of these two compounds following exposure to sunlight have been drawn by Wegelin et al.

(2001) and Nawrocki et al. (2002).

 In some diffusion studies, different authors observed a disappearance of acetaldehyde and

also, formaldehyde in commercial still mineral water. The degradation of these compounds by

oxygen, traces of metal ions or heterotrophic bacteria present in still water were the main

reasons given by these authors to explain the phenomena.

 Other carbonyl compounds have been detected in PET-bottled drinking water, namely:

propanal, butanal, nonanal, glyoxal, methylglyoxal and acetone. However, the different steps

in the bottling and bottle capping processes could be the source of these compounds in

drinking water.

Nevertheless, the LMS (EU, 2011) values established for formaldehyde and acetaldehyde of

15 mg/kg and 6 mg/kg, respectively, were never observed in the studies of PET-bottled water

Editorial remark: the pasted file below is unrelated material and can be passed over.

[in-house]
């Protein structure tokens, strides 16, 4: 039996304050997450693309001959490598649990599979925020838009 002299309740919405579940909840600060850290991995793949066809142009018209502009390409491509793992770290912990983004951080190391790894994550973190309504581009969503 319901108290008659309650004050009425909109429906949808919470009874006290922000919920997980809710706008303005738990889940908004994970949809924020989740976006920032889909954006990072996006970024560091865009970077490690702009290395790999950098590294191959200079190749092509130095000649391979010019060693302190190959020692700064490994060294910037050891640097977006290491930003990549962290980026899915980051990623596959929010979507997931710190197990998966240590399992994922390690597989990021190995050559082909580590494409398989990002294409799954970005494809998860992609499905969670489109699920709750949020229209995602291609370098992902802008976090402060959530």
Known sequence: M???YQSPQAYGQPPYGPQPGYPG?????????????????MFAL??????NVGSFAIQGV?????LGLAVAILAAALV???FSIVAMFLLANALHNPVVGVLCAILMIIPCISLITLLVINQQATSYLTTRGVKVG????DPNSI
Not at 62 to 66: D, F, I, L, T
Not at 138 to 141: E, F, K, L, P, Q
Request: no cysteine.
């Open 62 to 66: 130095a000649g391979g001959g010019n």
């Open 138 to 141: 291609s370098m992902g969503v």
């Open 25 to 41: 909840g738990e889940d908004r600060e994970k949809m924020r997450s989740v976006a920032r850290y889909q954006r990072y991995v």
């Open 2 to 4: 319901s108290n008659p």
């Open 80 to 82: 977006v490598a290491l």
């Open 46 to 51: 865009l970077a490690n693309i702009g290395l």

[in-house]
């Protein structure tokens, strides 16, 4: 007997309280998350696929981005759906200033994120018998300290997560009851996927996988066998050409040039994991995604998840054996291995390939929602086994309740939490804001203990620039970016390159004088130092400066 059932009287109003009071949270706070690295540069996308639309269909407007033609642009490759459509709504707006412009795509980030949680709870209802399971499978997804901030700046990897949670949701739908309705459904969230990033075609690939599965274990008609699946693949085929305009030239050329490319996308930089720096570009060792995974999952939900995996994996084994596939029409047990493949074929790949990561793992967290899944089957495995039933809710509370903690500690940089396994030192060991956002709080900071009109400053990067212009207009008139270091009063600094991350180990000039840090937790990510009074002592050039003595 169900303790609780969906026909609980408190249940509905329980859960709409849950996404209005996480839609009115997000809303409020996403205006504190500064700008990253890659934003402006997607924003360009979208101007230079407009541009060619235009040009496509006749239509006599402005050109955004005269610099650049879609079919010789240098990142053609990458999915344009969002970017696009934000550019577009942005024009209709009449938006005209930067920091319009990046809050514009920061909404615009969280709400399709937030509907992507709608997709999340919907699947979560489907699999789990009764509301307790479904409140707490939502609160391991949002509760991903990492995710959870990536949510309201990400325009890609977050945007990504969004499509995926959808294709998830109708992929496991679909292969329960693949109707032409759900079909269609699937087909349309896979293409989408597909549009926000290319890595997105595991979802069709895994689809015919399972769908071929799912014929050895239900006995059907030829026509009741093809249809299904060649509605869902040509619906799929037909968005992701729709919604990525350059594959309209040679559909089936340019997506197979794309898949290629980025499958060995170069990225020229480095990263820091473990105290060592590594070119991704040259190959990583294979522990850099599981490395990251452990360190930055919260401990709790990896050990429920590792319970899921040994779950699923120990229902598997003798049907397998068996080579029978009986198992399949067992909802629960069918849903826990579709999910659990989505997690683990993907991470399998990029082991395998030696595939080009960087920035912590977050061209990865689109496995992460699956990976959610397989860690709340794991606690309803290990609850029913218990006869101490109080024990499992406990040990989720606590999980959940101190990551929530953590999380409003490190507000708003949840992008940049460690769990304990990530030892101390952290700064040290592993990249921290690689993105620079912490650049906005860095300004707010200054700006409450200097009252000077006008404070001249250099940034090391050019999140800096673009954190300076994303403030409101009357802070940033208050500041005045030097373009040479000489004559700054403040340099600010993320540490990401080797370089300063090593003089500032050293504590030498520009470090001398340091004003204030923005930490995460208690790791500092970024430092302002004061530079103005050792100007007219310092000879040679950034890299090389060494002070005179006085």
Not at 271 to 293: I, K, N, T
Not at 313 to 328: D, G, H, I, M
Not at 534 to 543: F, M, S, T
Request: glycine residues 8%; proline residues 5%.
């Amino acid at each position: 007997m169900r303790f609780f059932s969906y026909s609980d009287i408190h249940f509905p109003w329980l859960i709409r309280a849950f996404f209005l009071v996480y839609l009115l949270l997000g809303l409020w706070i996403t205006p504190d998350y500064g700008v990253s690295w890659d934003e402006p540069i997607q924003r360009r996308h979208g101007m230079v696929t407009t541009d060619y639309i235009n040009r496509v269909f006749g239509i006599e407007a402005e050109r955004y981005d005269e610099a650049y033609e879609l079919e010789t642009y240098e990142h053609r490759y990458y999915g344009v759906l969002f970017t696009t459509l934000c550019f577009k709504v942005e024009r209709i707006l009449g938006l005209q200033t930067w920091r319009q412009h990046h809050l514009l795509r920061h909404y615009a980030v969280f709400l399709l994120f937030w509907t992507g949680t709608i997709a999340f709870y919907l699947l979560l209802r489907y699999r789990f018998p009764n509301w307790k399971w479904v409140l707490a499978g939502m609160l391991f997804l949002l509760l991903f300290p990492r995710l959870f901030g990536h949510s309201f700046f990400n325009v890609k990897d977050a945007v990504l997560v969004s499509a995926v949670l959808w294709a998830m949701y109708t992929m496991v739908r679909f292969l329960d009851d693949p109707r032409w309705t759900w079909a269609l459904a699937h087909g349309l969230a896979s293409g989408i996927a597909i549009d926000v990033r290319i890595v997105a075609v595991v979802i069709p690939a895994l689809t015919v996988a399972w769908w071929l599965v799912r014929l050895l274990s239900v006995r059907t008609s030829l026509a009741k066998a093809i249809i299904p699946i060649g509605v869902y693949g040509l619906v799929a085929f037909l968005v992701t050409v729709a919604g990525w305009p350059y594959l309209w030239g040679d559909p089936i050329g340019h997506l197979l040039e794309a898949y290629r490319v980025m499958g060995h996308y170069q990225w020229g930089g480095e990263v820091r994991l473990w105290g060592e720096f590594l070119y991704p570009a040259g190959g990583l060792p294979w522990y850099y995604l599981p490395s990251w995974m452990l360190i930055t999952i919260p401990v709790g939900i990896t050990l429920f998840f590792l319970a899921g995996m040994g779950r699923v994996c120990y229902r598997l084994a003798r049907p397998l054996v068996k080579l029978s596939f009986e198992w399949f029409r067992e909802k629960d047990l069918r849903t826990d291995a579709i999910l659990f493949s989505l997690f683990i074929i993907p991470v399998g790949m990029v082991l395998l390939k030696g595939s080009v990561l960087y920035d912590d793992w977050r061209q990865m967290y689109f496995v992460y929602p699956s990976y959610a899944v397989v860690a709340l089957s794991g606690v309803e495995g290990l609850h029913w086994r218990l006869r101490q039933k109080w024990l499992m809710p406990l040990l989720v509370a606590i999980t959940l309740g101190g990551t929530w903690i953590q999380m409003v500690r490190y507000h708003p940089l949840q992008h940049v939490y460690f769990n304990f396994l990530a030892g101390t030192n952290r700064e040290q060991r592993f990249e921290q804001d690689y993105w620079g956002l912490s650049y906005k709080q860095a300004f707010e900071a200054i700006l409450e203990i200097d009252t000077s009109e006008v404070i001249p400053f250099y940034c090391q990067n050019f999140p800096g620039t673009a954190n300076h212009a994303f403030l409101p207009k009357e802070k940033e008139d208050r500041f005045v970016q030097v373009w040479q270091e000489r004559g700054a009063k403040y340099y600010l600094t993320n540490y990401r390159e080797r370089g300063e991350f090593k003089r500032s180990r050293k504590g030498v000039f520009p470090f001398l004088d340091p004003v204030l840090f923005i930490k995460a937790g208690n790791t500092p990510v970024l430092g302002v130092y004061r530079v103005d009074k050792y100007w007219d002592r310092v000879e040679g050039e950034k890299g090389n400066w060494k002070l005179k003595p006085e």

reviewed (Table 2).

2.4 Plasticizers.

23



The addition of plasticizers to plastic resins is widespread, to improve their softness and

flexibility, especially in Polyvinyl Chloride (PVC) up to 20-30% (Mori, 1979). Di-2-

EthylHexyl Phthalate (DEHP) is the most widespread plasticizer produced and employed

(Oehlmann et al., 2008). Di-2-ethylhexyl adipate (DEHA) is also commonly employed in

PVC products to replace phthalates (Cao, 2010). It has been demonstrated that phthalate esters

and also their metabolites induce abnormal reproductive development in animals and that they

are endocrine disruptor compounds (Heudorf et al., 2007; Howdeshell et al., 2008).